Farm Progress

Precision management for crop protection becomes more common

Bayer CropScience and DuPont are pushing forward with on-demand tools so dealers can offer customers just the right mix or seed treatment on an as-needed basis.

Mark Yontz, Contributing Editor

February 5, 2014

2 Min Read
<p>Super coater: The On Demand seed treatment system developed by Bayer CropScience will allow dealers to manage application of key products on treated seed.</p>

The ever-changing ag business is challenging all players to be smarter with resources. Companies that serve the industry are looking for ways to provide customers with the right product at the right time, as well as to maximize service while keeping costs under control.

Two companies, Bayer CropScience and DuPont, are pushing forward with on-demand tools so dealers can offer customers just the right mix or seed treatment on an as-needed basis. The benefits: The dealer saves money with less inventory on hand, and the farmer can manage purchases down to the acre.

Three years ago, DuPont offered PrecisionPac at a few U.S. dealerships, after a successful Canadian trial. Today, the system has expanded to 17 states. David Schuur, cereals portfolio manager, DuPont Crop Protection, notes there’s a growing need for customized weed control, due in part to rising concerns over resistant weeds. “Most of where we have this right now is in wheat-growing areas, but we’re going to start piloting the technology in corn and soybean areas during the 2014 growing season.”

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PrecisionPac is a custom-blending system that allows retailers, using only DuPont products, to mix and match the right applications depending on a grower’s need. The company retains ownership of the systems and tightly controls the blending. It offers ease-of-use, dustless formulating, minimal capital investment and ongoing technical support.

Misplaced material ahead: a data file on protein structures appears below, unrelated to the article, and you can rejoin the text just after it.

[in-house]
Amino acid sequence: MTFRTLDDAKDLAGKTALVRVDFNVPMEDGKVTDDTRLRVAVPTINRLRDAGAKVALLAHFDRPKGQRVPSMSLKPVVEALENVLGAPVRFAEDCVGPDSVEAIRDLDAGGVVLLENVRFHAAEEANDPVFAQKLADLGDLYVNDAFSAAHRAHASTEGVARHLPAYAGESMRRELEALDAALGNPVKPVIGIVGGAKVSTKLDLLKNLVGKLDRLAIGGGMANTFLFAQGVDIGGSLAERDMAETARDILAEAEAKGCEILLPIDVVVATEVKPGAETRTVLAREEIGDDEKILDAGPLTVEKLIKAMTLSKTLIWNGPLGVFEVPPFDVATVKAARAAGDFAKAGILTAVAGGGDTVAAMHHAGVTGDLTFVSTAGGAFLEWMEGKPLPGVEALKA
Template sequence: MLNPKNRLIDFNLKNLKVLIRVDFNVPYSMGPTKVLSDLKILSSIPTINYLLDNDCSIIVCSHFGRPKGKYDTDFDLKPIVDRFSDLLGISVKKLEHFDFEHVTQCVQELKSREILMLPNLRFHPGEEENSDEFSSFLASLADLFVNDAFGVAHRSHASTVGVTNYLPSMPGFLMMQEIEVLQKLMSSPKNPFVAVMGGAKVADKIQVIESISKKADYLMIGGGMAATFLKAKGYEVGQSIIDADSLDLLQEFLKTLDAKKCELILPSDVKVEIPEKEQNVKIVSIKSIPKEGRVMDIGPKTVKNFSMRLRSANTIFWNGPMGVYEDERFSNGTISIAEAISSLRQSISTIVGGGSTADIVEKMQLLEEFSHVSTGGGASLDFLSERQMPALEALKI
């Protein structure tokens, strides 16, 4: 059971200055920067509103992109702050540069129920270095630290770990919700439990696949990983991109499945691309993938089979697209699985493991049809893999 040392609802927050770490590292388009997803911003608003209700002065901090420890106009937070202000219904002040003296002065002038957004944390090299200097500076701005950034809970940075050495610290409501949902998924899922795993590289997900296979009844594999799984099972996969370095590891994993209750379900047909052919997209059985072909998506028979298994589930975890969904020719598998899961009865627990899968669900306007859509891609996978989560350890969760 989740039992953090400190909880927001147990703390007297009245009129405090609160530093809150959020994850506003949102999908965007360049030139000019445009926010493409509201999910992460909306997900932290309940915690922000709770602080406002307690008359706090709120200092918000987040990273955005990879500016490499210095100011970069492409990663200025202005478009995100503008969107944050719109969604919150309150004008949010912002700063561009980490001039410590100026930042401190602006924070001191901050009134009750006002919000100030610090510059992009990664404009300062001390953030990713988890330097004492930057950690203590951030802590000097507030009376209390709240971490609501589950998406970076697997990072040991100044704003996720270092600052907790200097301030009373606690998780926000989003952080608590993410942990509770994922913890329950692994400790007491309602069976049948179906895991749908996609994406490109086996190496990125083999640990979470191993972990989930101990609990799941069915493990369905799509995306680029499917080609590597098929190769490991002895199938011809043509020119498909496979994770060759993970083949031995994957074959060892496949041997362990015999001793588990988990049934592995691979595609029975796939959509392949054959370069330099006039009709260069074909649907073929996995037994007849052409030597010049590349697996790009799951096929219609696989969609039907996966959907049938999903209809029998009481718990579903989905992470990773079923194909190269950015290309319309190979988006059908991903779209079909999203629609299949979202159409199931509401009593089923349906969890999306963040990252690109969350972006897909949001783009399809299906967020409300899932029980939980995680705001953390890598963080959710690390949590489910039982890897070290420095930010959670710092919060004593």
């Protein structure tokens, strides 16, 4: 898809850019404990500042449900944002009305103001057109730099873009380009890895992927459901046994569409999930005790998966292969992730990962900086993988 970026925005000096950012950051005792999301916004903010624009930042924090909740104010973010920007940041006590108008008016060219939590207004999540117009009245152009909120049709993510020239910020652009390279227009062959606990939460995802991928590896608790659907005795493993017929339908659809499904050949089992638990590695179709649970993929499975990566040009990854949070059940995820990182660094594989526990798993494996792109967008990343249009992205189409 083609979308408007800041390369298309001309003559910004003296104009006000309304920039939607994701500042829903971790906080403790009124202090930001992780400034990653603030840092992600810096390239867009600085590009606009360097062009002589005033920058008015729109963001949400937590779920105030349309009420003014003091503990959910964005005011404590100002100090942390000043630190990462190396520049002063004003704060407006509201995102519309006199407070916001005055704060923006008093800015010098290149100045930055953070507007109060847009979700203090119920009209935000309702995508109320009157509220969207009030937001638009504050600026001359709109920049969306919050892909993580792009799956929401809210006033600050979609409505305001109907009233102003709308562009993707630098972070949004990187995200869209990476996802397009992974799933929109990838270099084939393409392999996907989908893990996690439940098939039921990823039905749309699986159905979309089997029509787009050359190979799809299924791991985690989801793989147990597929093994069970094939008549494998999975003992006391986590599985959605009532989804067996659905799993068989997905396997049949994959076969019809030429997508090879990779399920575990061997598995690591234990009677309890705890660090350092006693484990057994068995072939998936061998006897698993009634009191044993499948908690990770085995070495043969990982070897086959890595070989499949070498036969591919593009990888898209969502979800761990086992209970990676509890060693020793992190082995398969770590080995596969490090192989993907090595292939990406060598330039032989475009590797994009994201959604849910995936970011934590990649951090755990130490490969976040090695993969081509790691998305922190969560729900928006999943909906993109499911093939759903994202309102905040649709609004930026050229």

“We’re offering the retailer the ability to provide a value-added service that offers preprogrammed mixes that not only meet DuPont guidelines, but also fit the recognized needs of their respective growing areas and geography,” says Schuur.

The PrecisionPac system can hold up to six different products. Many possible mixes can be chosen based on a grower’s needs, but data must be inputted using an external keypad before dispensing.

Precision seed treatment

Like PrecisionPac, Bayer CropScience’s On Demand seed treatment system is also relatively new to the marketplace and continues to gain traction and credibility as a value-added technology.

The system is touted by Bayer CropScience as the first (and only) fully automated, closed seed treatment application system, with preloaded, bulk product drums, which help reduce environmental and human exposures, and eliminate errors and inaccuracies that normally occur with traditional hand mixing.

The system’s wireless Internet-linked cloud technology offers remote preventive maintenance capabilities, as well as the ability to receive service notifications, automatic downloads of new software and recipe updates.

“The easy-to-use touchscreen display allows for the creation of many different recipes,” says Kerry Grossweiler at Bayer CropScience. Because of the system’s design and features, it offers flexibility for the user, and serves as a platform where new products can be used and introduced to the marketplace.

For example, Poncho/Votivo, a combination seed-applied insecticide with a biological nematode protectant, and other Bayer seed treatments are applied with greater precision according to seed size and weight.

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